Could it be? Rumor has it that the iPod mini’s that are currently shipping from Apple have 5 GB hard drives in them, but only 4 GB are accessible by the user. Why is this? Well, the expectation is that at MacWorld, the 5 GB iPod mini will be announced by Apple. Production may have started a bit early, but to keep things under wraps, the firmware is programmed to only recognize 4 of the 5 gigs in the unit. A simple firmware upgrade could give users the full 5 GB after the announcement.
Read More | Apple Insider
Motorlola has unveiled the first of many devices that will support the iTunes Music Store. The phone is capable of downloading and playing music from the iTunes store, as well as syncing with your PC or Mac. It includes an interface similar to the Apple iPod for navigating and playing music. There is no mention of cost - but if the price is right, you can bet this is another gadget I will own.
Read More | eWeek
If you thought that 802.11g had an impressive range, check out MAXg from U.S. Robotics. The latest wireless devices allow a range of 225 feet, 802.11g has a range of 150 feet. MAXg is also 40 percent faster than 802.11g. The new MAXg product family is the first to combine all the latest performance and rage enhancements for the home or office. One of the greatest features is that it is able to offer all these new features to current devices that use 802.11g technology. MAXg uses BroadRange technology to allow a device to maintain a high-speed connection up to 50 percent further from an access point. The new product family line from U.S. Robotics will be available in Q1 2005. The following are the product list and its suggested retail price.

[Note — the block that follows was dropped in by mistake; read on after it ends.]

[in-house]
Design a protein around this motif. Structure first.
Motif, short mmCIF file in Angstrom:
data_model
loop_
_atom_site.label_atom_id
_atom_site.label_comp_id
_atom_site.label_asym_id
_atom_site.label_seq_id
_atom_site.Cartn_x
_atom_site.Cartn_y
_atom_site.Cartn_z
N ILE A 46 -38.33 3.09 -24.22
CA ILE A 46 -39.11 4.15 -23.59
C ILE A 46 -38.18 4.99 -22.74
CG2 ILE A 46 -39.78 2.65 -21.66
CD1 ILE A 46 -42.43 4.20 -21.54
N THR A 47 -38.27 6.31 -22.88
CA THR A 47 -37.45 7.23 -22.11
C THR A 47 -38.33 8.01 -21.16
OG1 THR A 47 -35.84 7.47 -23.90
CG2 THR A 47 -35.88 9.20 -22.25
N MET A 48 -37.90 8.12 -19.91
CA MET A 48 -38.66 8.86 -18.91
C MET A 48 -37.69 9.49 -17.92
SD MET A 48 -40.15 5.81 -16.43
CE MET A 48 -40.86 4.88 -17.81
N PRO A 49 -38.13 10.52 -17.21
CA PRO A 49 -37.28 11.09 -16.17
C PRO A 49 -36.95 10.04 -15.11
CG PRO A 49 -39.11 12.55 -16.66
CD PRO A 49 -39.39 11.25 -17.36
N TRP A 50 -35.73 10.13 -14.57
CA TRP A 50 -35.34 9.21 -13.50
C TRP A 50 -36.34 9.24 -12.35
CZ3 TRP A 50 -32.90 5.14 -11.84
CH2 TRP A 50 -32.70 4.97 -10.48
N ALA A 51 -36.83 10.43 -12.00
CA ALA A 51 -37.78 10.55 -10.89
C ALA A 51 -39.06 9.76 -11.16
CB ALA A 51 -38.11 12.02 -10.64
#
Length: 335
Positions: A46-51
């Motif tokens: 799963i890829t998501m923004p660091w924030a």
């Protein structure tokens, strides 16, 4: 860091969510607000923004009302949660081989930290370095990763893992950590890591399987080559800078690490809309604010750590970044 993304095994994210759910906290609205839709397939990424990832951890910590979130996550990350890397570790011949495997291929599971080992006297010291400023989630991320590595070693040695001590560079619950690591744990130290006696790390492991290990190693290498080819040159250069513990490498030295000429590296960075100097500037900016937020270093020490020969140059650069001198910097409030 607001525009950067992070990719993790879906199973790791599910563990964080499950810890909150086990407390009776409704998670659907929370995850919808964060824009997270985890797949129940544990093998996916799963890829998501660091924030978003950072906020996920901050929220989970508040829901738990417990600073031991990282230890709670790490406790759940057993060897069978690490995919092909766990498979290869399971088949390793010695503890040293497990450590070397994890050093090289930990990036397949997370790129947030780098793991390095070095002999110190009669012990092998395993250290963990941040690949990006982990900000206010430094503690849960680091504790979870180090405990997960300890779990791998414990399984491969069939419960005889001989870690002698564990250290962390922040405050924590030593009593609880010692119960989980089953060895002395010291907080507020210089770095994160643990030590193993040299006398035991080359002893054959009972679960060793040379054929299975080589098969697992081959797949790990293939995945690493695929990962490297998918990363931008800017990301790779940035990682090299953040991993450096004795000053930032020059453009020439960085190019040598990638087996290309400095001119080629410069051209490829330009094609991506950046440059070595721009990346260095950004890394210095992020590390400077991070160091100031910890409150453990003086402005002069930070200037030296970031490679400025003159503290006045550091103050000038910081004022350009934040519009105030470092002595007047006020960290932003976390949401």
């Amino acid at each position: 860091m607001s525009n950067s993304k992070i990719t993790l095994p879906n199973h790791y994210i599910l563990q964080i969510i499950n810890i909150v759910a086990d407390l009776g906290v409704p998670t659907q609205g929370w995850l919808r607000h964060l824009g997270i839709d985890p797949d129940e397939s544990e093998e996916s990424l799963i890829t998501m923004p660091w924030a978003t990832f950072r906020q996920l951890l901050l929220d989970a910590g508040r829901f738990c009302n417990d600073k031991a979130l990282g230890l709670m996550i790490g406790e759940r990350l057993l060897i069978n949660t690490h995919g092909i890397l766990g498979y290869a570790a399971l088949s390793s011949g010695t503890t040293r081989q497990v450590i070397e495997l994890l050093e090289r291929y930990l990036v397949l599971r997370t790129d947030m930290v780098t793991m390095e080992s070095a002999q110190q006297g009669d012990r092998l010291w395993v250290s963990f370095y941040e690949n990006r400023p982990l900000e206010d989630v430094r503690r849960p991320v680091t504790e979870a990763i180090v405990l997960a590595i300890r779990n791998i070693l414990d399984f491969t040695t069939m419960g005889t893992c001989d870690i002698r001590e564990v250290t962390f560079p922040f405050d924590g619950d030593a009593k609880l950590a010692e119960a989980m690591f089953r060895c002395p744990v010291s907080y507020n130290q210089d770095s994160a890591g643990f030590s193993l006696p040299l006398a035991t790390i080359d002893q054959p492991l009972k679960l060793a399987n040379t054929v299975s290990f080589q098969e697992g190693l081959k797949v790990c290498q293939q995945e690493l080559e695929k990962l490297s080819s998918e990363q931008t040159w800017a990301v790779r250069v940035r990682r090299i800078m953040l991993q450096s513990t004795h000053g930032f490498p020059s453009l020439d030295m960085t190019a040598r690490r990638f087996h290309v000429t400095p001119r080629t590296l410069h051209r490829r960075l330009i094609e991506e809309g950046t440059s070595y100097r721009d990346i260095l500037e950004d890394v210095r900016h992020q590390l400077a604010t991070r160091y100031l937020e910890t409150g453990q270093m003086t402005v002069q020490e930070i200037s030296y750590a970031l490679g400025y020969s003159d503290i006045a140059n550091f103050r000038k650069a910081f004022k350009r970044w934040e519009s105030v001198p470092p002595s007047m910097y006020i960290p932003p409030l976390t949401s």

- Wireless MAXg Router (USR5461) – MSRP $69.99
- Wireless MAXg USB Adapter (USR5417) – MSRP $59.99
- Wireless MAXg PCI Adapter (USR5421) – MSRP $59.99
- Wireless MAXg PC Card (USR5411) – MSRP $59.99
- Wireless MAXg Wireless Access Point (USR5451) – MSRP $79.99
If you were thinking of upgrading your existing 802.11b network or setting up your first wireless network, this product family line is definitely worth looking out for.
Read More | U.S. Robotics
Have you held off buying a PDA because they are just too big? If so, you need to check out Fossil’s new PDA watch line. A few of the features include a high density 160 x 160 pixel grayscale LCD with touch screen and backlight, a stylus is integrated into the watch buckle, while the 3-way Rocker switch and Back button lets one-handed navigation. The watch also has customizable watch faces to suit each users style. True to the Palm, you can hotsync this to your PC or Mac. Depending on the style you choose, the watch will cost you $199 to $249.
Read More | TechTree
How would you like to subscribe to a satellite video service just as you are able to subscribe to satellite radio? Sirius Satellite Radio Inc. is planing to provide children’s video service in 2006. This will allow anyone with a subscription to view children’s programs to their automobile’s video monitors. No more dealing with scratched DVDs or that same DVD of the Teletubbies playing over and over again.
Read More | Reuters